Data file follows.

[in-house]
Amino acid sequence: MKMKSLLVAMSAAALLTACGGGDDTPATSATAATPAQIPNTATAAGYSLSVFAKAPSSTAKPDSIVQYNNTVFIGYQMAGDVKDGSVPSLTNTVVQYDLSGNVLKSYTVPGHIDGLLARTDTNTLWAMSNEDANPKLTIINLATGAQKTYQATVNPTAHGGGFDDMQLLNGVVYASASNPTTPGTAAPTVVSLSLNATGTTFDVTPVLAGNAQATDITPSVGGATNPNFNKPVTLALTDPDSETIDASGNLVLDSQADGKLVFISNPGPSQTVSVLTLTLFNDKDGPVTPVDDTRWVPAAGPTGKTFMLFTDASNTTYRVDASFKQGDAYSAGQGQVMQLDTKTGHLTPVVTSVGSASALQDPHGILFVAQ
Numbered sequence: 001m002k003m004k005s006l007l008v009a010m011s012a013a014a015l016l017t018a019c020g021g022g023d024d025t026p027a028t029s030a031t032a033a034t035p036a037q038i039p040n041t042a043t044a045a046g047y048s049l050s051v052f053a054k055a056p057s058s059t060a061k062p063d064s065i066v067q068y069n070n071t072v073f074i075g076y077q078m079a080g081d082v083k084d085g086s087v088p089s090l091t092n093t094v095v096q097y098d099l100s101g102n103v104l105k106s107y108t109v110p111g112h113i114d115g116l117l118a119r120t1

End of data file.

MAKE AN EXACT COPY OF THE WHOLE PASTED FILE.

[in-house]
Amino acid sequence: MKMKSLLVAMSAAALLTACGGGDDTPATSATAATPAQIPNTATAAGYSLSVFAKAPSSTAKPDSIVQYNNTVFIGYQMAGDVKDGSVPSLTNTVVQYDLSGNVLKSYTVPGHIDGLLARTDTNTLWAMSNEDANPKLTIINLATGAQKTYQATVNPTAHGGGFDDMQLLNGVVYASASNPTTPGTAAPTVVSLSLNATGTTFDVTPVLAGNAQATDITPSVGGATNPNFNKPVTLALTDPDSETIDASGNLVLDSQADGKLVFISNPGPSQTVSVLTLTLFNDKDGPVTPVDDTRWVPAAGPTGKTFMLFTDASNTTYRVDASFKQGDAYSAGQGQVMQLDTKTGHLTPVVTSVGSASALQDPHGILFVAQ
Numbered sequence: 001m002k003m004k005s006l007l008v009a010m011s012a013a014a015l016l017t018a019c020g021g022g023d024d025t026p027a028t029s030a031t032a033a034t035p036a037q038i039p040n041t042a043t044a045a046g047y048s049l050s051v052f053a054k055a056p057s058s059t060a061k062p063d064s065i066v067q068y069n070n071t072v073f074i075g076y077q078m079a080g081d082v083k084d085g086s087v088p089s090l091t092n093t094v095v096q097y098d099l100s101g102n103v104l105k106s107y108t109v110p111g112h113i114d115g116l117l118a119r120t1